Grading the Plans

by Douglas Holtz-Eakin

Speaker Boehner has been quoted as saying that his proposed plan to raise the debt ceiling is “not perfect.” Okay. How, then, does it stack up as a matter of policy? And what about the Reid alternative?

Timing. A timely increase in the debt limit is imperative. (A video is worth 10,000 words.) The Boehner plan is a way to meet the need to raise the debt limit. Moreover, the Boehner plan forces Congress to address entitlements sooner (six months) rather than later. Good on both fronts.

Size. I have never been a member of the “size matters” club. Instead, I think that markets are more interested in the quality of the policy addressing the debt problem. The projected debt explosion is fundamentally a spending explosion, so policies that address growth will be more convincing to markets than a “large” deal that is dominated by a futile attempt to tax away the problem.

Composition. By the standards of historic budget agreements, the Boehner plan is off the charts. See the chart below from the Congressional Research Service.

First, there is not a single dime in taxes. David Addington at the Heritage Foundation has argued that the Boehner plan “greases the way for tax hikes.” This is truly unhinged. The Boehner plan envisions a “select committee” of six Republicans and six Democrats that would require a majority vote — that is, seven votes — to propose entitlement reforms for an up-or-down vote in Congress. The six Republicans (and any Democrats who are not renting their brain from an amoeba) can easily stop any notion of tax increases. And there is simply zero chance that the House would pass such an increase if it did emerge over the next six months.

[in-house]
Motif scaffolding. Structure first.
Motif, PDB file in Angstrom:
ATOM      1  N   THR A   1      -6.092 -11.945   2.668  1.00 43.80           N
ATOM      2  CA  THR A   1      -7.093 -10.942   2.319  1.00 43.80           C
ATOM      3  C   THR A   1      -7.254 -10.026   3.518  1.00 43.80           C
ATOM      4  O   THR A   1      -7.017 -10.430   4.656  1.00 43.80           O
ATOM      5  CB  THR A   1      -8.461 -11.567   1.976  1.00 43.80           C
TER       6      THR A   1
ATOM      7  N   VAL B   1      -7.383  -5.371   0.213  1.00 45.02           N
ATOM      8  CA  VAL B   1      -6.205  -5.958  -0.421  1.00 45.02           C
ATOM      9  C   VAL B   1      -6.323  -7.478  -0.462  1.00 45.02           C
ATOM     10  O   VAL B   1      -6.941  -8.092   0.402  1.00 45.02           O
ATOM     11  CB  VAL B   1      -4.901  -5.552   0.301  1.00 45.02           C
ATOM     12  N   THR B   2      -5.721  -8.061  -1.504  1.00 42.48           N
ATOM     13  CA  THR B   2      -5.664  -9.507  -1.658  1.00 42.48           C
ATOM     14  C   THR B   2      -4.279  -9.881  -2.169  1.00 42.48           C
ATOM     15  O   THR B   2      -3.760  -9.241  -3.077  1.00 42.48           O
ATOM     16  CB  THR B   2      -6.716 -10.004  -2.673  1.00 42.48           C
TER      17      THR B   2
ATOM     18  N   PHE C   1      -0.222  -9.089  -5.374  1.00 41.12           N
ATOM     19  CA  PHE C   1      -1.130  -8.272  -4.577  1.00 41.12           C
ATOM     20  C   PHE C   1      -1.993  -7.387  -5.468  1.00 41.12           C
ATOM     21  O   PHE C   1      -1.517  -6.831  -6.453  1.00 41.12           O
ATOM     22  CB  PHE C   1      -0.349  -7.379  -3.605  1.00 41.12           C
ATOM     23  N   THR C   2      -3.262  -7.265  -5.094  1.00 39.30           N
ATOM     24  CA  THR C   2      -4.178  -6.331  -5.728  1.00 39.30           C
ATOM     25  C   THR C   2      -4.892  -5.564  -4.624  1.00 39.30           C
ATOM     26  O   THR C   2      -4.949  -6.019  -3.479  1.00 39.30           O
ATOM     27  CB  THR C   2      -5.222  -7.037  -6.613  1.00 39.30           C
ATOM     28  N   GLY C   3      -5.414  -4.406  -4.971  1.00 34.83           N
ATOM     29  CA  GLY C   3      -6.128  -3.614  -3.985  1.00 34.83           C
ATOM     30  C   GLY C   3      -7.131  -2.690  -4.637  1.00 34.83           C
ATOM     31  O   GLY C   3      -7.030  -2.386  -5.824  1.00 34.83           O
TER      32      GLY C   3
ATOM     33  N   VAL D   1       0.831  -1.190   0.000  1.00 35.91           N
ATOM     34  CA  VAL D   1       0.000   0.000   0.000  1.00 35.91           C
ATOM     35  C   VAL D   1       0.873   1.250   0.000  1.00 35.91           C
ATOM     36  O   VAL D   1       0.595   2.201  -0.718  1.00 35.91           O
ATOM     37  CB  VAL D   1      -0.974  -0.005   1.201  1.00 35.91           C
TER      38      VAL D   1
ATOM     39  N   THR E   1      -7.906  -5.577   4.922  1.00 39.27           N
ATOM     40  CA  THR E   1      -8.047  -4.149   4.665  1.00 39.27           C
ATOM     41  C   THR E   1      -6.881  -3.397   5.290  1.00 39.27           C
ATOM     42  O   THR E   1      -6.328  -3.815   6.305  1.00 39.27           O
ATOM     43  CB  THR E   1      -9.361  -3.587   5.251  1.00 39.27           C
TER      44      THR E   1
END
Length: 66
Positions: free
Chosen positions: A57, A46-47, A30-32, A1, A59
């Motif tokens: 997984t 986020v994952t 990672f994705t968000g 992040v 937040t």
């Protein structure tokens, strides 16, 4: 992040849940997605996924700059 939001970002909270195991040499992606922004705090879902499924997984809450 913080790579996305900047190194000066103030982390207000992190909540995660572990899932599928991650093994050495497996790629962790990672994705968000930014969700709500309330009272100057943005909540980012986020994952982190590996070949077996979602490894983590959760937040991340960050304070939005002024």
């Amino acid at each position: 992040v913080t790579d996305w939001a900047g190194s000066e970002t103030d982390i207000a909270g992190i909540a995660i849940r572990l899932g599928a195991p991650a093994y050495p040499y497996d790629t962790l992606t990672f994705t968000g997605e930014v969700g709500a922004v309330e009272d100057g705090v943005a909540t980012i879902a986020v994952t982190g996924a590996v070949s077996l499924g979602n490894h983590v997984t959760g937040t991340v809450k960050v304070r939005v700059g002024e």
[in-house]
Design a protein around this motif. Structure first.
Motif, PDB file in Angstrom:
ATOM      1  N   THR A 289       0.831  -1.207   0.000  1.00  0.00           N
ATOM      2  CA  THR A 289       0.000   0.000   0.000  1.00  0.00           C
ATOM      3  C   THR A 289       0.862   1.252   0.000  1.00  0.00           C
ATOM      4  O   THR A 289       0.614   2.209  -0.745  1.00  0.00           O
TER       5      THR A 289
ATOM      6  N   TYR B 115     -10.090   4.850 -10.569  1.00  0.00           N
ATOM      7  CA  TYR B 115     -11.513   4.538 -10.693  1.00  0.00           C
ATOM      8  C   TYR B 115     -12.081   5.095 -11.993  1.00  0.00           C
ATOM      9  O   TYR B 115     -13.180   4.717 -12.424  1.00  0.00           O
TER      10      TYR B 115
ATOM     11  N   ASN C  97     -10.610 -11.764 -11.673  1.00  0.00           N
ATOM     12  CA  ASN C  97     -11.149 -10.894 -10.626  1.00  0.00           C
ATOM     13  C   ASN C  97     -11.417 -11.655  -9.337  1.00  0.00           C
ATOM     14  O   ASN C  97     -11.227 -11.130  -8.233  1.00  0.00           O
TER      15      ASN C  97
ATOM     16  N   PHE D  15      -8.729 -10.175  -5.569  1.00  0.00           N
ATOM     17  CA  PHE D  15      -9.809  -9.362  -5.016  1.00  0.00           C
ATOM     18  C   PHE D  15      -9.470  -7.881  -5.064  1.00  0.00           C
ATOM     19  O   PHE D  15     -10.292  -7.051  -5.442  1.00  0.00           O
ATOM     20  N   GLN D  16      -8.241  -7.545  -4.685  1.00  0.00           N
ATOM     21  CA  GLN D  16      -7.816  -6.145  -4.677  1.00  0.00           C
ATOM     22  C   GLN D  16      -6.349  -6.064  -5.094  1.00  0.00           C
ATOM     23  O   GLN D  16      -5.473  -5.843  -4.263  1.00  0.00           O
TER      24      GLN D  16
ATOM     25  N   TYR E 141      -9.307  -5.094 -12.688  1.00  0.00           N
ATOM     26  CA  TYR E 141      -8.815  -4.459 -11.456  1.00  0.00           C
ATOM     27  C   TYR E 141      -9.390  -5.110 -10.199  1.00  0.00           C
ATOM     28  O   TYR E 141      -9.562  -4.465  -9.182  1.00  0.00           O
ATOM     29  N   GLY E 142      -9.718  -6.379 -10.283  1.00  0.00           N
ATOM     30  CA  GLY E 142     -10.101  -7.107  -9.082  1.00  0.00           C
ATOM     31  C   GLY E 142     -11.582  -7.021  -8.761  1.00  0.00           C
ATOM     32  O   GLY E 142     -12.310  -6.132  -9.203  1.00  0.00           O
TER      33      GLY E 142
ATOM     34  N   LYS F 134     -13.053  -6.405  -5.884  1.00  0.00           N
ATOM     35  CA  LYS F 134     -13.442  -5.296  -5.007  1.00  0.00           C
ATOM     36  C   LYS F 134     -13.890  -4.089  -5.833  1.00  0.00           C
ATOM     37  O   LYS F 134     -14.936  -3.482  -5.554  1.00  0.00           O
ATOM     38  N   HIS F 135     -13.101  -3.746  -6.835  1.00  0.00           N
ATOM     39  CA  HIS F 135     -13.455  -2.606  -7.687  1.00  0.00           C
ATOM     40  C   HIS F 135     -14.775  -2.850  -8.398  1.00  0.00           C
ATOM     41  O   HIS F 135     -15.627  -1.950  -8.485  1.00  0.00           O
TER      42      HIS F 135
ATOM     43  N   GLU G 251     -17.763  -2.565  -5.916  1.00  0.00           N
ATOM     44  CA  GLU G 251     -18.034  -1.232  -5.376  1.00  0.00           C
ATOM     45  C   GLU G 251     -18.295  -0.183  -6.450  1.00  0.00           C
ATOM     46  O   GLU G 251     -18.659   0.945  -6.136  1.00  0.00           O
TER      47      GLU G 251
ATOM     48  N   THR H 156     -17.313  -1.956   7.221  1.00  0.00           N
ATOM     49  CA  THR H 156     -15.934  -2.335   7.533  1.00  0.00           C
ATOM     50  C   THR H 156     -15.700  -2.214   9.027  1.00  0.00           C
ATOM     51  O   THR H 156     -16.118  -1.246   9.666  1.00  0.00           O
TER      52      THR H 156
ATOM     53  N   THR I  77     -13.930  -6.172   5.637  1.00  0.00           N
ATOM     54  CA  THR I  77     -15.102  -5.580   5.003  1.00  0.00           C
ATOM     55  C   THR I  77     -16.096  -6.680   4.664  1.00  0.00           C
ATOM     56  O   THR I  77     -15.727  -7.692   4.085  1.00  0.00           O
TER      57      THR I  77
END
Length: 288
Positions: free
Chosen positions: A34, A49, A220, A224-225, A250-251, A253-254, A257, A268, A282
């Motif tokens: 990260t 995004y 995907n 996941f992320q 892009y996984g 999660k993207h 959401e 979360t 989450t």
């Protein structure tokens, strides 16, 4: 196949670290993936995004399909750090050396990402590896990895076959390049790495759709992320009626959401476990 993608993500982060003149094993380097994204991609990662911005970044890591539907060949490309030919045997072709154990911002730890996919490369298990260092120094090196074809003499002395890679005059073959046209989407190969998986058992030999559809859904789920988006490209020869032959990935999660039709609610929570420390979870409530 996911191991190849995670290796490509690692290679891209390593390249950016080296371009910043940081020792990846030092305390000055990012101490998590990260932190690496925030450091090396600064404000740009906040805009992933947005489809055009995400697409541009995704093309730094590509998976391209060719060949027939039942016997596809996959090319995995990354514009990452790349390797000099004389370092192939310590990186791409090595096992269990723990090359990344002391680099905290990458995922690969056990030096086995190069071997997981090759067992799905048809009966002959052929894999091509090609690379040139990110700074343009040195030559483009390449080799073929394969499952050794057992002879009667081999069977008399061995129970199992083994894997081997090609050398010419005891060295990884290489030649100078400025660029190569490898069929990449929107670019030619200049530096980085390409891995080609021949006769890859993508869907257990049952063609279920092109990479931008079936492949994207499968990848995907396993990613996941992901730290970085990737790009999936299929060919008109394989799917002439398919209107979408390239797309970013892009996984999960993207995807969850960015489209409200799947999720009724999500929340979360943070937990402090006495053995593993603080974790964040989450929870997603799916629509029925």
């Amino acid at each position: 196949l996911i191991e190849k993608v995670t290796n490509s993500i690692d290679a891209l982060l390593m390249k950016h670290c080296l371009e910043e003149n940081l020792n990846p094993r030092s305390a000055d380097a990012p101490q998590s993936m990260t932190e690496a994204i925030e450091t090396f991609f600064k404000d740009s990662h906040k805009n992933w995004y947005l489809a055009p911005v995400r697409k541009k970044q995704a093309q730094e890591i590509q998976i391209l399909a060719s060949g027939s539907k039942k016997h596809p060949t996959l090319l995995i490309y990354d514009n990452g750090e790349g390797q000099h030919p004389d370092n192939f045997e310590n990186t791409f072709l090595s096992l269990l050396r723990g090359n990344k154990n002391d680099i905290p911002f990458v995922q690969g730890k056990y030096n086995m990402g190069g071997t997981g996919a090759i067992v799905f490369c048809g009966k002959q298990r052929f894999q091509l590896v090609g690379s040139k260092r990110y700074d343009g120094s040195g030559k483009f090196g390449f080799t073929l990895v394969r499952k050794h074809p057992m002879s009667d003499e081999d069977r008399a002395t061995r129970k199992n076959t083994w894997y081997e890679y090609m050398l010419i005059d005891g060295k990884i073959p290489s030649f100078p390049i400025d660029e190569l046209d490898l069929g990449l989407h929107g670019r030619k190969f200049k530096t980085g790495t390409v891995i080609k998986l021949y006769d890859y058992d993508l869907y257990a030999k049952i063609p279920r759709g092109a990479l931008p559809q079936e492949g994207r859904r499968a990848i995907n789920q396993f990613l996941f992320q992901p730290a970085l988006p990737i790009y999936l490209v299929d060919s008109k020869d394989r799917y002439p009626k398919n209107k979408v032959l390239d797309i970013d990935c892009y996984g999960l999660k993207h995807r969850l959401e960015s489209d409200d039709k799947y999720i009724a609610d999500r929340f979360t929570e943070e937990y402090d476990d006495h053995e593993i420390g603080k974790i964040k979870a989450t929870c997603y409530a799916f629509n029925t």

Second, there are real cuts in FY2012 discretionary spending, caps on future spending, and an enforcement process for those caps. One might argue for more aggressive cuts up front and there will be concerns over the ability of future Congresses to slip the discretionary caps. But on the whole, this is as good a package of discretionary spending controls as can be written.

Third, the “select committee” process ties future debt-limit increases to entitlement reform. Since the heart of the debt problem is broken entitlements, this linkage is entirely appropriate. While less ideal than actual reforms themselves, the committee forces future action on the most pressing policy issue facing the United States.

Comparison to Reid Plan. The plans are quite similar. Indeed, the best way to think about the Reid plan is that it is simply the Boehner plan with fake cuts (largely war spending) added on. Put differently, executing the Reid plan is the same as executing the Boehner plan and then adding an unrestricted debt limit increase on at the end. Since so-called “clean” increases are a signal to markets that the U.S. cannot address its fundamental problems, this is extremely dangerous and undesirable.

The bottom line. The ideal debt-limit package would combine up-front discretionary cuts with medium-term discretionary controls and real policy changes to entitlement programs that address the spending explosion and display to international capital markets the ability of the United States to address the debt threat. The Boehner plan is not ideal, but certainly is a strong B+. The Reid plan, in contrast, is a gentleman’s C at best. And, of course (see here), those who fail to turn in their homework get an F.